OFF INTO THE WILD WET YONDER How does this...
Foreign Investment Funds on Shopping Spree in Japan
Japanese corporations may be busy in the Association of Southeast Asian Nations (ASEAN), but foreign investment funds—mainly from Western countries—are just as busy in Japan, snapping up small and mid-size Japanese companies.
Private equity (PE) behemoths such as Bain Capital, KKR, and the Carlyle Group spent billions of dollars in Japan in 2014. And the trend does not seem to be curtailing.
Nikkei Asian Review is reporting that while Japan is well accustomed to hostile buyouts and extravagant spending from international funds, the approach seems more “low key” this time around, and with a focus on cooperation.
This new effort of cooperation is apparently succeeding by revealing the structural issues and limits to growth that the international funds are helping the companies solve. Instead of a heavy-handed approach to solving such problems, compromise seems to be the key to success for both sides.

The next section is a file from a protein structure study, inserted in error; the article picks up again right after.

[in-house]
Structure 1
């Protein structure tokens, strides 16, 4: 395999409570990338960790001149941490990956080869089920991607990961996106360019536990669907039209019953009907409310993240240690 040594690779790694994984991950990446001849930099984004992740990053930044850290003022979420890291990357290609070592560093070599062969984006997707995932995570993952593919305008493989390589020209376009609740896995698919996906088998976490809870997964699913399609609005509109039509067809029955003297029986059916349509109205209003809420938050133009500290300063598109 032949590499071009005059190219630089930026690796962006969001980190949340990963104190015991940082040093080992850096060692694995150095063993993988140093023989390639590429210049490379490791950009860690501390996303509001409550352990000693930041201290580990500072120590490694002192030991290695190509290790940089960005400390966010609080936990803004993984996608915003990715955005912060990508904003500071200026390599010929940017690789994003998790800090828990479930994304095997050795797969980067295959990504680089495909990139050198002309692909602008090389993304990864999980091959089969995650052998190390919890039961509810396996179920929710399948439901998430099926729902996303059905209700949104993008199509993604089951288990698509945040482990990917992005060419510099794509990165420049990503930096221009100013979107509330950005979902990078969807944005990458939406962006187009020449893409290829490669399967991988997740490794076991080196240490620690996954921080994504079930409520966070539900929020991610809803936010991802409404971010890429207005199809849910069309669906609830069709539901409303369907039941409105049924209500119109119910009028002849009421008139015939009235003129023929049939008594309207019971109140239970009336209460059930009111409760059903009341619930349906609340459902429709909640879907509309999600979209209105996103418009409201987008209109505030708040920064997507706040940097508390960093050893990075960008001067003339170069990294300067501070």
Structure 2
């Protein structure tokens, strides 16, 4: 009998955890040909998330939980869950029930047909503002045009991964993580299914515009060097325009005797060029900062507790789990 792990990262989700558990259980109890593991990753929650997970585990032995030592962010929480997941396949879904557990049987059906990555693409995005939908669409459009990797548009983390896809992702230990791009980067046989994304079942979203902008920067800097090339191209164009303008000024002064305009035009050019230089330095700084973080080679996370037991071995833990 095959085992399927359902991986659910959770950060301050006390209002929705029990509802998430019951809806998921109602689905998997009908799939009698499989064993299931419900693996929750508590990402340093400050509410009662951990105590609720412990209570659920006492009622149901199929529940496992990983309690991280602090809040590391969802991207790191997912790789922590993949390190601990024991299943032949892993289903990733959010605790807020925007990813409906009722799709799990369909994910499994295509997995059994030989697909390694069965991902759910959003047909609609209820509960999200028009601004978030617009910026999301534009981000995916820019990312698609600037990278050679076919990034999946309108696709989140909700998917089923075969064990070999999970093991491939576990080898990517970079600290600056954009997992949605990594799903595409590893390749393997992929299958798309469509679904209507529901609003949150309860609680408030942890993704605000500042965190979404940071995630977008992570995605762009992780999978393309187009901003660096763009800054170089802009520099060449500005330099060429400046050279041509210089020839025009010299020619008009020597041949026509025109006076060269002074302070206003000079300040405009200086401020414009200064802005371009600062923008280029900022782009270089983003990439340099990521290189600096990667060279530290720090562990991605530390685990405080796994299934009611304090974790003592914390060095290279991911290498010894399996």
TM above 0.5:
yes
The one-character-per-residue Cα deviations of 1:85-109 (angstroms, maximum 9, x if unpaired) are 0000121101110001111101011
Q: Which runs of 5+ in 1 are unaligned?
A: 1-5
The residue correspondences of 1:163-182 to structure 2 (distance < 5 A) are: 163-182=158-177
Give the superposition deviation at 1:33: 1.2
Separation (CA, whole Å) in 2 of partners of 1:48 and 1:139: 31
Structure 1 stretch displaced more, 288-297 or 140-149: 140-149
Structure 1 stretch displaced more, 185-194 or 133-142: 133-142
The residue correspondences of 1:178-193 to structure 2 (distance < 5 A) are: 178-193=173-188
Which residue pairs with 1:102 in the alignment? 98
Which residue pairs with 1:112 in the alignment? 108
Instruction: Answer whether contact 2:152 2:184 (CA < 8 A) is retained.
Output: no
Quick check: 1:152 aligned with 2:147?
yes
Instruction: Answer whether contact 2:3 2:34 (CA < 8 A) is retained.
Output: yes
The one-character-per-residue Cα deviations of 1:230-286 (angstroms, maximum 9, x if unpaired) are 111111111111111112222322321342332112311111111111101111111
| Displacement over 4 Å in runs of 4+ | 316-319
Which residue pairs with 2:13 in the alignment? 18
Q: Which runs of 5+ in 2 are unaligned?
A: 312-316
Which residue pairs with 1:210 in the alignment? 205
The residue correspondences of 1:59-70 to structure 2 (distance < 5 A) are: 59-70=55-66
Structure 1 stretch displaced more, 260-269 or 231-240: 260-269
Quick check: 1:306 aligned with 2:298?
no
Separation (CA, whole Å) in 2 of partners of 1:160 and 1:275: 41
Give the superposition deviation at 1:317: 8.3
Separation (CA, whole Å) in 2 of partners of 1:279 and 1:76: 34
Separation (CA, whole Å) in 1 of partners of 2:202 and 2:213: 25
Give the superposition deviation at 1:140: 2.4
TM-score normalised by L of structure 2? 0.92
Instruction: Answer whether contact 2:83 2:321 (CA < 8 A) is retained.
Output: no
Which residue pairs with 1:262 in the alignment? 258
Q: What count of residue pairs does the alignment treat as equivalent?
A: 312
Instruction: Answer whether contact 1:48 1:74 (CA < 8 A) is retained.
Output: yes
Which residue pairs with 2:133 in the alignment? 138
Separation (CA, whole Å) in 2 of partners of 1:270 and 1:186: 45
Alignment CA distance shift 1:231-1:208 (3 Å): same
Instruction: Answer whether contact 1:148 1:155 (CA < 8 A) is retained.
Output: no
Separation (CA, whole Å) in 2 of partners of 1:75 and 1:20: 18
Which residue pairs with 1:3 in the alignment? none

Before the financial crisis of 2007–08, these funds had the cash and the upper hand in the global M&A arena. But after the crash—and the quantitative easing (QE)—that followed, competition became fiercer and prices exploded.
Now even the big boys are forced to focus their attention downward to small and mid-size companies. Many such deals are even taking place in the shadows to avoid competition and bidding wars.
At a party in Tokyo’s Shibuya Ward this past March, KKR celebrated the launch of Pioneer DJ into their portfolio of investments. The U.S.-based fund acquired Pioneer’s DJ equipment business for ¥59 billion (US$492). According to KKR Japan’s CEO Hirofumi Hirano, the group intends to acquire other related businesses as well.
The funds are supposedly focusing on revitalizing the companies they have acquired instead of the slash-and-burn model so popular before the Lehman Brothers debacle. This makes it easier for Japanese companies to realistically consider these buyouts, too, as most (if not all) are not exactly comfortable with the idea of a foreign PE firm taking control of them. Yes, even if their situation is quite dire.
While it is certainly nice to see these infamous PE giants taking a more sustainable and culturally sensitive approach to doing business in the region, it is also not much of a gamble to say that the barbarians are probably still at the gate, simmering there under the surface. Old habits often prove difficult to change after all.